Stressy September?

September is a very busy month for many! In the UK, summer holiday time comes to an end and for those at school or college, there is a lot to do to get ready now, having had a long break!

For others, getting back to work may also feel daunting as well as exciting…even the anticipation of putting into place some exciting plans you may have thought out during your refreshing summer break?…Will they work, won’t they? And for some, it may also be that time out of a usual routine, or in a different structure or environment, can be very testing.

So our bodies and minds may be going from one extreme of emotion and pace to another…in a short space of time! 


Can’t keep up?
Struggling with exhaustion from over-worry and fear or anxiety?
…and noticing another health complaint now too?

Our nervous systems can become very taxed at this time of year! !

This month I am  therefore going to focus on ‘Understanding our Nervous System’… because it is SO relevant! When overstretched, it can have negative effects on our gut and immune systems for one thing…but this then leads to negative effects on others! 

If we aren’t aware of our nervous system and how it operates, how can we support it
pro-actively and keep ourselves well and functioning in our optimum form as much as possible?


It is wonderful that using a Homeopathic approach to working with our health helps us to notice our symptoms and listen to our inner self.
We can then not only notice when we are simply out of balance, but also come to some healthy decision making in re-gaining that balance!

Carefully chosen Remedies work in their magical way to help the body achieve this because they are so tuned in to working also with the mind. The patient may be more able to find strategies to change the severity or full impact of the causative stress factors… usually moving towards taking a pro-active step to a better work/life balance or preparing for periods of change and adjustment.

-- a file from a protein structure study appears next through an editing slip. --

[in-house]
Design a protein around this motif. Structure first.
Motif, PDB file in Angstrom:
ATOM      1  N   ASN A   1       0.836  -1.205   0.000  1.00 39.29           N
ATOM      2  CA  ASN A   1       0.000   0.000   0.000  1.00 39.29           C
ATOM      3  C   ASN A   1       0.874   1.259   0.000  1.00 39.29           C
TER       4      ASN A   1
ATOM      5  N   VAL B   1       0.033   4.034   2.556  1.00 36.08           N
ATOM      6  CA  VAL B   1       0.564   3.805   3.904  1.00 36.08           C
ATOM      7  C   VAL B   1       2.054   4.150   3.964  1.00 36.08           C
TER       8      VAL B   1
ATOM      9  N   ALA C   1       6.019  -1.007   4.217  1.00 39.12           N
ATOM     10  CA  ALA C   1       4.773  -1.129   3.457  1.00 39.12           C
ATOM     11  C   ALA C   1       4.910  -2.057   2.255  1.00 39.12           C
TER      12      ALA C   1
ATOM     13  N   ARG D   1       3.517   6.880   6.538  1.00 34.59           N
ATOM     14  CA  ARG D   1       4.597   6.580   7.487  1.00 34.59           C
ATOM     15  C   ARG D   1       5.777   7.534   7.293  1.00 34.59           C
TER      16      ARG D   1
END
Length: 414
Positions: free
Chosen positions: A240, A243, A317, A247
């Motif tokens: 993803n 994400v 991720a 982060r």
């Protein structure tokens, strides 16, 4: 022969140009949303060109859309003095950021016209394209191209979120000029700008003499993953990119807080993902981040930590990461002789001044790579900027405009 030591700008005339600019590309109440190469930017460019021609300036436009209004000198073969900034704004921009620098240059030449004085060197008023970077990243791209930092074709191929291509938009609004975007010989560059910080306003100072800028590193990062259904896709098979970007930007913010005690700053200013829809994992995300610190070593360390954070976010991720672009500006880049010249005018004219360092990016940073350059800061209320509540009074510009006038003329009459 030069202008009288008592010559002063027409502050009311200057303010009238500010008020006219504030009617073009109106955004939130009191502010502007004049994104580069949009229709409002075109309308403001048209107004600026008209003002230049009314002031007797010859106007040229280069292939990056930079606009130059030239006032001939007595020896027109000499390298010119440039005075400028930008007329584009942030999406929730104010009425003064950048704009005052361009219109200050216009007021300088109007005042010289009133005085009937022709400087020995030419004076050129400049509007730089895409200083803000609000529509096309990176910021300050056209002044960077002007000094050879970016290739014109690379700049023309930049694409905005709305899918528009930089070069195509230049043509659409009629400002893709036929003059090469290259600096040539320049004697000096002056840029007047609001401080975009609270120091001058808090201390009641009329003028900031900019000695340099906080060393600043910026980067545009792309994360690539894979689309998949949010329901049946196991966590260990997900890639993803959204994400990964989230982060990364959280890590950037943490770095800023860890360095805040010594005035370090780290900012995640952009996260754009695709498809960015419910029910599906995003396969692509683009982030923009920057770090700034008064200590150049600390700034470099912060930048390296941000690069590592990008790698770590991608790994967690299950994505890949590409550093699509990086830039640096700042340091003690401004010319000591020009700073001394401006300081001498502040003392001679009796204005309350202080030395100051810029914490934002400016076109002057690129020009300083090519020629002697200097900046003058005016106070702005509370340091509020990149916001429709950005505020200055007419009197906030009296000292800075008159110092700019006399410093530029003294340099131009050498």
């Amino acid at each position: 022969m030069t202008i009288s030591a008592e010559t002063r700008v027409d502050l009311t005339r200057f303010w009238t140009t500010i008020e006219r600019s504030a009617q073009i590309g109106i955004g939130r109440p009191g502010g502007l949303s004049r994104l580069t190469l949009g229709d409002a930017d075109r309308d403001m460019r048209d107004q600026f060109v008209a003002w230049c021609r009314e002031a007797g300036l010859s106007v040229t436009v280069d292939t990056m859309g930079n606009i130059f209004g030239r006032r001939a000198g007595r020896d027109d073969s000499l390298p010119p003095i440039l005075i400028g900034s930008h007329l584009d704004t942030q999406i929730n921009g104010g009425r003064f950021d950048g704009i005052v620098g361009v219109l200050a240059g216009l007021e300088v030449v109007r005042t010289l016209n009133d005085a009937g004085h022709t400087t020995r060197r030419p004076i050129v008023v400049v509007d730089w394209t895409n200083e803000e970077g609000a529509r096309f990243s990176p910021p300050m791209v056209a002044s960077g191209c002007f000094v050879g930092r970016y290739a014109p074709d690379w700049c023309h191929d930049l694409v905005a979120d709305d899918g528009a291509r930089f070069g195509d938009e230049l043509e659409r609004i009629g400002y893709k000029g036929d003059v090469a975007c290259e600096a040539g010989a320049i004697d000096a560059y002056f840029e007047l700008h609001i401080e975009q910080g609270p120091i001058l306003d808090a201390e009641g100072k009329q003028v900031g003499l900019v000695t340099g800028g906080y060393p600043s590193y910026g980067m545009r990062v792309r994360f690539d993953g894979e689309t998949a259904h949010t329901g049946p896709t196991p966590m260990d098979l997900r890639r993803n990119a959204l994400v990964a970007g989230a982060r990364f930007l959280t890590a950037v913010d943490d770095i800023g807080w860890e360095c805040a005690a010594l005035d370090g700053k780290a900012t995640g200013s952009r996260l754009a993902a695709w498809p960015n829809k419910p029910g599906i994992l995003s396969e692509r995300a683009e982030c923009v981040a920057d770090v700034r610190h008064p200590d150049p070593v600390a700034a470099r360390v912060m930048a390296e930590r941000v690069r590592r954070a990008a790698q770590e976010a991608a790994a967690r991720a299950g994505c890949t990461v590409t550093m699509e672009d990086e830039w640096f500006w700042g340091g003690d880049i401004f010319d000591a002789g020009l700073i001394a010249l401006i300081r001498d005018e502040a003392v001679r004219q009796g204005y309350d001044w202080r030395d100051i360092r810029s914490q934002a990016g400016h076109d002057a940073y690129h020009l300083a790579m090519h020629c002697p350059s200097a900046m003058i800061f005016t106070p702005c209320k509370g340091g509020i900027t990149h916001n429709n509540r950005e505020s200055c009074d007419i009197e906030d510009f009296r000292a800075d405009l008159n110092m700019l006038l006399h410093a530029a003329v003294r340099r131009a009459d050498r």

Homeopathy understands the importance of a healthy lifestyle and a healthy gut in order to manage our mental as well as physical health. 

It also supports other de-stressing practices such as rest and relaxation, Yoga, Tai Chi,
Chi-Gong, other forms of gentle exercise, meditation, mindfulness, good sleep habits, the importance of joyful and rejuvenating activities as well as vagal nerve toning exercises.

If we can look after ourselves and our management of stress, we can look after our nervous system including our vagus nerve!

Let’s get off to a good start this Autumn!



The nervous system is a complex thing; it is the command centre for your body. It regulates your body’s systems and allows you to experience your environment. 

Its special cells (neurons) send and receive electrical signals through your body, glands, skin, organs, brains and muscles, to tell it what to do in order to keep you safe and functioning.

It has two main parts: the Central Nervous system (CNS) which is made up of your brain and spinal cord and the Peripheral Nervous system (PNS), which is where the nerves branch out to all areas of your body from the CNS.

Different kinds of neurons send different signals i.e. Motor neurons tell your muscles to move. Sensory neurons take information from your senses and send signals to your brain. 

The Somatic nervous system guides your voluntary movements.

The Autonomic nervous system, controls the activities you do without thinking about them, such as breathing, shivering, having a regular heartbeat and digesting food…it’s all about survival.

Today we are also much more aware of the Sympathetic and Parasympathetic nervous systems, also controlled by the Autonomic Nervous system; The sympathetic nervous system activates the fight or flight response during a threat or perceived danger, and the parasympathetic nervous system restores the body to a state of calm.

Furthermore, we now understand the importance of our Vagus nerve! The word ‘vagus’ means ‘wandering’ in Latin. This is a very appropriate name, as the vagus nerve is the longest cranial nerve running from the brain stem to part of the colon, playing a role in what scientists call the ‘gut-brain axis’.

SO… There is now known to be a direct link between the vagus nerve and the gut.

The Vagus nerve (also called the
Pneumogastric Nerve), is responsible for various internal organ functions, including:

  • digestion
  • heart rate
  • breathing
  • cardiovascular activity
  • reflex actions, such as coughing, sneezing, swallowing, and vomiting

It helps the immune system and inflammation response to disease.

Stressy September? 1

Our digestion, and therefore whole well-being, can be so easily affected when our Vagus nerve is being overtaxed! 

If our Vagus nerve is in tone, then so are we! 

…please do get in touch if you feel over-stressed already or would like to work proactively in establishing and keeping your health on top form as you start the next season of work, education or activity.

Warmest Wishes,
Ali x

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